Americans Painting Abroad | September 14-16, 2023

American artists have always been drawn to the inspirations of Great Britain and the Continent. Completely different from our own, the history, culture, landscape, architecture, and art remains irresistible. Even in the nineteenth century artists made the arduous journey to broaden their artistic horizons. By the time of Jasper Francis Cropsey’s first visit abroad in 1847, America had a firmly established and respected “school;” of its own, about to enter its so-called second generation. The country was enthusiastically patronizing American born artists painting American subject matter, but England and Europe still beckoned. Cropsey visited England many times and found a great measure of success there, but the 1847 journey would include his only visit to Italy. The small but intense Sunset Over Lake Thrasemine, 1881, painted from studies and sketches almost forty years after his only visit there, is still rich, fresh, and seemingly spontaneous, as if viewed yesterday. The scene is also imbued with the vibrance, spirit, light, and autumn colors that are hallmarks of Cropsey’s mature work.

For Thomas Moran, his first trip from America back to England, the country of his birth, introduced him first hand to the work of his defining influence–J.M.W. Turner. He would travel back to Great Britain several times, painting the landscape of Scotland and Wales with the same awe inspiring drama and sublimity that he captured in his most famous paintings of the American West. The swirling atmosphere and rugged landscape seen in th 1885 On the Welsh Coast shows Moran at his best, with locale being the only real difference between this and a hot springs or Grand Canyon scene.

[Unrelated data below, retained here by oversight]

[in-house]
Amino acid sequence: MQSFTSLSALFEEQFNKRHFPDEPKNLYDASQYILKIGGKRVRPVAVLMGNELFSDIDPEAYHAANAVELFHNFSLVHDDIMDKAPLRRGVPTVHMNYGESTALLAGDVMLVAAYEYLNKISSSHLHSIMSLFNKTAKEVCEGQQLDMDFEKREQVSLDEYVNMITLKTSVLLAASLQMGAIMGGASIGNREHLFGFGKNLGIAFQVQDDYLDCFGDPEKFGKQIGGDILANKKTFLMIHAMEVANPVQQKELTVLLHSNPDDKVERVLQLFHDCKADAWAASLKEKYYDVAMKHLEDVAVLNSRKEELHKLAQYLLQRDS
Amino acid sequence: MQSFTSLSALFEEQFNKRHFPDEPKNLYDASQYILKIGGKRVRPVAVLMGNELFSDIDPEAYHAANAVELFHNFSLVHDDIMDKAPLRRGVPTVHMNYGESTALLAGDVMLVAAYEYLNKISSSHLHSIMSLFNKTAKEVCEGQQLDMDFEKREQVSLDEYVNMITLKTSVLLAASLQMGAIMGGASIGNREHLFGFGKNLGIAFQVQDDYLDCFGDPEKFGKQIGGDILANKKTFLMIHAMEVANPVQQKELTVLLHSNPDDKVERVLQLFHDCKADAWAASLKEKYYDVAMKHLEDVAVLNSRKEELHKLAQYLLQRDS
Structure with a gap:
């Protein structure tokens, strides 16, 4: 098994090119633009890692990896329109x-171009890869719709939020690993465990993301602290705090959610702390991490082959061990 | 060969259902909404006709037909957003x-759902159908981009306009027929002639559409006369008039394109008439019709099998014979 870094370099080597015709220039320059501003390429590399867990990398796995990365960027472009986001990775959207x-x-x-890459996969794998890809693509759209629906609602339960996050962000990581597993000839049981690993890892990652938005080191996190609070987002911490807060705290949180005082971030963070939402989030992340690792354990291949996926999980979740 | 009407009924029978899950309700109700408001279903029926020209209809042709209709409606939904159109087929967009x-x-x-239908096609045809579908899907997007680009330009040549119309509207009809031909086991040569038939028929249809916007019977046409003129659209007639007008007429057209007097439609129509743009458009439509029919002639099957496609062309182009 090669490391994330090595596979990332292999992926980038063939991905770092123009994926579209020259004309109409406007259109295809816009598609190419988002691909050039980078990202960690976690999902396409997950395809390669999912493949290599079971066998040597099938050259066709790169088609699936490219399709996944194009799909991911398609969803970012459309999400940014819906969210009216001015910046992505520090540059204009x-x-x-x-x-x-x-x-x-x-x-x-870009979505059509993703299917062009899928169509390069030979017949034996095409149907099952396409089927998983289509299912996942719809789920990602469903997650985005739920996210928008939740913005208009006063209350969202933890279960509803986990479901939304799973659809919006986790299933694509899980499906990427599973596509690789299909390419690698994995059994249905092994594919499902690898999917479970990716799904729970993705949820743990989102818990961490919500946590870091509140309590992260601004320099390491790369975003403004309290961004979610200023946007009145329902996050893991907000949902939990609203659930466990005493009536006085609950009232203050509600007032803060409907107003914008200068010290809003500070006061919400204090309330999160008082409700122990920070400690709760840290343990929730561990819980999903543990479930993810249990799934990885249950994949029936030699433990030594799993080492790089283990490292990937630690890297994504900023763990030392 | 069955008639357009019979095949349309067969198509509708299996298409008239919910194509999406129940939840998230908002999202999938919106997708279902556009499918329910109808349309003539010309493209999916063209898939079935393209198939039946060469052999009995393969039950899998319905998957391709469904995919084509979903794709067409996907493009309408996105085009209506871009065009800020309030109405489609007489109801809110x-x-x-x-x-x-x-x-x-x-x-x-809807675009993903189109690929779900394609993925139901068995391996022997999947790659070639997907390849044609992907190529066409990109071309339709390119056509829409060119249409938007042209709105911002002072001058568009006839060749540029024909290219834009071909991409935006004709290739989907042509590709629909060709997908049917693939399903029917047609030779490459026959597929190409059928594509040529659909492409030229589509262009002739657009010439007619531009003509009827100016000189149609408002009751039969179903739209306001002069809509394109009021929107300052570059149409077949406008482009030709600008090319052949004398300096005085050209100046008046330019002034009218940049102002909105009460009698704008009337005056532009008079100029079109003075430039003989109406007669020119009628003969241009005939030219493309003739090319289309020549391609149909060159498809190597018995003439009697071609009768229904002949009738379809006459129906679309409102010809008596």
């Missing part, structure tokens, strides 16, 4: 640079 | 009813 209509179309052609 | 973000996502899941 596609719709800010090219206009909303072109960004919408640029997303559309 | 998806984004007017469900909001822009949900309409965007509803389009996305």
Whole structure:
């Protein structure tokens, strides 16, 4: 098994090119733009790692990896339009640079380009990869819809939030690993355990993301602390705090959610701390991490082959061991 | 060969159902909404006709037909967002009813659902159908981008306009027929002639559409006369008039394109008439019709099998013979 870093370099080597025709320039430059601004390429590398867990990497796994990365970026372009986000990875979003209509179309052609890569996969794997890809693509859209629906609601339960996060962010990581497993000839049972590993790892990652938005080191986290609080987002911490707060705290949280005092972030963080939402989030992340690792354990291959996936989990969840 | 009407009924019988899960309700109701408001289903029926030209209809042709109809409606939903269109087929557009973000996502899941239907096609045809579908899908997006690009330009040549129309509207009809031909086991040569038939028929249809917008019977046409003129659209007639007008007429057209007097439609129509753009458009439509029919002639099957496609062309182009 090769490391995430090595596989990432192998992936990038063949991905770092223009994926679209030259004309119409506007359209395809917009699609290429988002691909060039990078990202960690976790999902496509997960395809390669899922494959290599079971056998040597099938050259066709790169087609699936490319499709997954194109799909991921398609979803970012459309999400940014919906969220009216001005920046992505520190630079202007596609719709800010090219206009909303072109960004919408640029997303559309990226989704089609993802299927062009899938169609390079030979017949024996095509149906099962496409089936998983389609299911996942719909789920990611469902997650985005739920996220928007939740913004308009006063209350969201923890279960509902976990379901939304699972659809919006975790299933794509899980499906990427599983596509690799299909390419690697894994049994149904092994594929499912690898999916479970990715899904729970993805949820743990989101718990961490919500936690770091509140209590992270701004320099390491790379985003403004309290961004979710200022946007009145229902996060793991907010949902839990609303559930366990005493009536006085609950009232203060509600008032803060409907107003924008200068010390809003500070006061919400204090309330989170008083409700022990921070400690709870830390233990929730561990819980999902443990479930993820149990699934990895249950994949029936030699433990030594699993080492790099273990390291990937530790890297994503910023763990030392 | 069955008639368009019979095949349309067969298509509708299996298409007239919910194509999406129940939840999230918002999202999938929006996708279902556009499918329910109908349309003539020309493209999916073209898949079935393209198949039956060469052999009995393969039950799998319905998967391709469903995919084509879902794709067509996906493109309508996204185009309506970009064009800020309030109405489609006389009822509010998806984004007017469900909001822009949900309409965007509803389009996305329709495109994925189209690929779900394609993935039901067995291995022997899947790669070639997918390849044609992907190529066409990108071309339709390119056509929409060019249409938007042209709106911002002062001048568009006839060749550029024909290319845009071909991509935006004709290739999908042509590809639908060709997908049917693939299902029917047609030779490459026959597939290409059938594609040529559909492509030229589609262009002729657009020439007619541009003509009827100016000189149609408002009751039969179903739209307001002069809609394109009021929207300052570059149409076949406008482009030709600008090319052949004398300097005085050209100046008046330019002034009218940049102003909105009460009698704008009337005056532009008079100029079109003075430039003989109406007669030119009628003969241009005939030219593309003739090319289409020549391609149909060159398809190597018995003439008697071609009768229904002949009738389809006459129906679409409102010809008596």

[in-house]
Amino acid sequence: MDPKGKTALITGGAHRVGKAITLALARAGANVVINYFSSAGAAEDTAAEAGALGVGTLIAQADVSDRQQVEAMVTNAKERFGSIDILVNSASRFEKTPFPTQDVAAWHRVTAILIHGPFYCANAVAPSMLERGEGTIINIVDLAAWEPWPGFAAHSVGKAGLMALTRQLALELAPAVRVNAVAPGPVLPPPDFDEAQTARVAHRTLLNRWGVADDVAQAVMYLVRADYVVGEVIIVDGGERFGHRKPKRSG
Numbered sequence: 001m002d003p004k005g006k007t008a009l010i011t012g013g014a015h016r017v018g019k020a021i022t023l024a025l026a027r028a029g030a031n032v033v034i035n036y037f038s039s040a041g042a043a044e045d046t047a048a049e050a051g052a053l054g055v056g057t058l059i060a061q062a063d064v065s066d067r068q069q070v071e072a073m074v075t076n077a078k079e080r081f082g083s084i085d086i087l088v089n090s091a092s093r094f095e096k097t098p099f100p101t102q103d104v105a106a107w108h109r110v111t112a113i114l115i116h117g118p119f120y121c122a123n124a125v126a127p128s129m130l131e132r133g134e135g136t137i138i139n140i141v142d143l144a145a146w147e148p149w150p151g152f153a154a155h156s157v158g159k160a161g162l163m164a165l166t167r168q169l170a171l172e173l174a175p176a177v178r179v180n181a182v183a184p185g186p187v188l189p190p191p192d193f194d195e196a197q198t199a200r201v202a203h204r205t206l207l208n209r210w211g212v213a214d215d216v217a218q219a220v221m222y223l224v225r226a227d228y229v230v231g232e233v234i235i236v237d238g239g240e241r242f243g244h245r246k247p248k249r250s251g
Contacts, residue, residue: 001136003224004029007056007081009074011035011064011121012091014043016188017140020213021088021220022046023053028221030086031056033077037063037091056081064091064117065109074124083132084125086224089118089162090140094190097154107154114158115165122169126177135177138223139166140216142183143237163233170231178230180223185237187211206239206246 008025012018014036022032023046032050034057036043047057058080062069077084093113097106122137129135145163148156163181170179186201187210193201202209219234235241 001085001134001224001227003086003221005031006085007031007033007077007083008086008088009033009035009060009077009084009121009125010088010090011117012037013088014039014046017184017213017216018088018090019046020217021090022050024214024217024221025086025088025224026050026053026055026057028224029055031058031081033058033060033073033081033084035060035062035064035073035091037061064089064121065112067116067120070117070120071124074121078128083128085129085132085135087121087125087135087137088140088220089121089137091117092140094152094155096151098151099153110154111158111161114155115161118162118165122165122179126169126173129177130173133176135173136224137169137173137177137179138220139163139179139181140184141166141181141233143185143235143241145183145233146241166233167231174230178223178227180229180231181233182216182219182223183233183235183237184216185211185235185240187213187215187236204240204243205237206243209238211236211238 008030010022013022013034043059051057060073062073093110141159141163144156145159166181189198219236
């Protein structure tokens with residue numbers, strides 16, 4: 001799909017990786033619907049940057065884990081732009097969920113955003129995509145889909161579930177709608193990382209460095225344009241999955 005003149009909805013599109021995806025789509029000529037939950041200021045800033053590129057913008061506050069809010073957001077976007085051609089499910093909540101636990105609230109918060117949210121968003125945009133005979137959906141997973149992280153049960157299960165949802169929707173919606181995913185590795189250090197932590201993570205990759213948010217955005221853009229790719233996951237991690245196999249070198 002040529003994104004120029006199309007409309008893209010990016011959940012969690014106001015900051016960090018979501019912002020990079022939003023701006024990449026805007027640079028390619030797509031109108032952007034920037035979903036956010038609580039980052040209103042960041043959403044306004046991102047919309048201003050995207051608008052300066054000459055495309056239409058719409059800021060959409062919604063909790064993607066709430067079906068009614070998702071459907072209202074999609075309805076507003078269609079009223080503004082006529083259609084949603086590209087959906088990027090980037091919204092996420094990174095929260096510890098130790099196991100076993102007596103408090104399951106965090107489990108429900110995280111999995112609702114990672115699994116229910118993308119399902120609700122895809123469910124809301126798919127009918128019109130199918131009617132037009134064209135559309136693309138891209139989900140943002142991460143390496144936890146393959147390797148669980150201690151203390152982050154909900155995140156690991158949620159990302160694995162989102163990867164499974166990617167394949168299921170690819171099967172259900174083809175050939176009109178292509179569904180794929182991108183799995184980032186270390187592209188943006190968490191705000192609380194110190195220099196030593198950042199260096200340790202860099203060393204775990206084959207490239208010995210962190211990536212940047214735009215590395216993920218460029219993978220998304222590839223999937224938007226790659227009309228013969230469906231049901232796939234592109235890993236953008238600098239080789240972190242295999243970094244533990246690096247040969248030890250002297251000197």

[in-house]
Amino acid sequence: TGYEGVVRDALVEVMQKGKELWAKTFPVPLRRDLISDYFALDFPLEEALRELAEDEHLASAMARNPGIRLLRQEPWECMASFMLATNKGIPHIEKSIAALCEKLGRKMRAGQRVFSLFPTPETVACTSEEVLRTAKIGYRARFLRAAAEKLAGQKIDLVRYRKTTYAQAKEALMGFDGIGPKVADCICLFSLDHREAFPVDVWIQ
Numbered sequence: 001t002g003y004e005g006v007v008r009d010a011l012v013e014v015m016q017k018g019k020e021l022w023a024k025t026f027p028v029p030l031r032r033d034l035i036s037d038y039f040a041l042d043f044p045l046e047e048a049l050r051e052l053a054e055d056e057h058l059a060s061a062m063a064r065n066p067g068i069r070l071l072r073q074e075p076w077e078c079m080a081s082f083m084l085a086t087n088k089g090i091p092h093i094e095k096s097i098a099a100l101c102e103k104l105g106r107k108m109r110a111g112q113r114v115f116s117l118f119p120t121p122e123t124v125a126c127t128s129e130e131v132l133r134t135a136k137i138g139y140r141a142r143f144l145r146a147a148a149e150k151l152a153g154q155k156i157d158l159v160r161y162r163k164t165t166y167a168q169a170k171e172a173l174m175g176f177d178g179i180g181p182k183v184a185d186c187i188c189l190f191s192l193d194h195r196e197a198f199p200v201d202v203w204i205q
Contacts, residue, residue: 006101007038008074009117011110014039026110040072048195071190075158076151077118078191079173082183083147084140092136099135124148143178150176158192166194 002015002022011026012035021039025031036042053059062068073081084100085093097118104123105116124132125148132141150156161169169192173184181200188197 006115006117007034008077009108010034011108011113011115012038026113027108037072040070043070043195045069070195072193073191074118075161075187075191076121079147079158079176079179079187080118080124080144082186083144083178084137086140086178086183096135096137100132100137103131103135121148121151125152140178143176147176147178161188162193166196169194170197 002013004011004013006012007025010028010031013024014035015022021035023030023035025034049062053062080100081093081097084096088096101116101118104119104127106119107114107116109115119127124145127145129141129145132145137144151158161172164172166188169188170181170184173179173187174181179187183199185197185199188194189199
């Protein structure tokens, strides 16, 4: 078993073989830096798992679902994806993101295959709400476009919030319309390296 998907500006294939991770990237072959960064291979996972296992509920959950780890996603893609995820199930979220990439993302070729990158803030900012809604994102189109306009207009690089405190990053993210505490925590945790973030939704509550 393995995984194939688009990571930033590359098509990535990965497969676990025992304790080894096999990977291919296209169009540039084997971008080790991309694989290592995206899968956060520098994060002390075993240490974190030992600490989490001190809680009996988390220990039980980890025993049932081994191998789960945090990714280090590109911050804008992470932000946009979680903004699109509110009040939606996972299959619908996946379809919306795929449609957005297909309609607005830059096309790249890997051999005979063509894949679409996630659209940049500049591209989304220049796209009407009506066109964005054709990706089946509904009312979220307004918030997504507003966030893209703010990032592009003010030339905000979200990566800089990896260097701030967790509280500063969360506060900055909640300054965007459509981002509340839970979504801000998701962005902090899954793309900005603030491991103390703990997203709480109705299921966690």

William Thompson Russell Smith’s painting of the Genoese Coast reflects a very different approach to the European experience. Smith was naturally influenced by the romantic vision of Thomas Cole and Thomas Doughty in this country, as most artists were. He traveled abroad in 1851, a mere three years after Cole’s death. Sestri, Coast of Genoa, is a scene fully informed by the master’s tenets, and enhanced by the inherent drama of the ancient Italian seacoast, much like the Italian or English ruins enhanced Cole’s romances.

Wilson Irvine, Arthur Grover Rider, and Ossip Linde brought the fresh light and brushstroke of American Impressionism to their paintings of European seacoasts. Irvine visited the “Venice of Provence” in the late 1920s, just a few years after Rider had made his journey to Valencia, and probably the same time that Linde visited Venice, Italy. The literal and metaphorical charm and patina offered by those centuries old locales distinguished them from American subjects, and allowed the artists to create stunning scenes like Rider’s On the Spanish Coast, Irvine’s Martigues, France, and Linde’s Market Day, Venice.

For more information, please contact American painting specialist, Nan Zander at 828-254-6846 or

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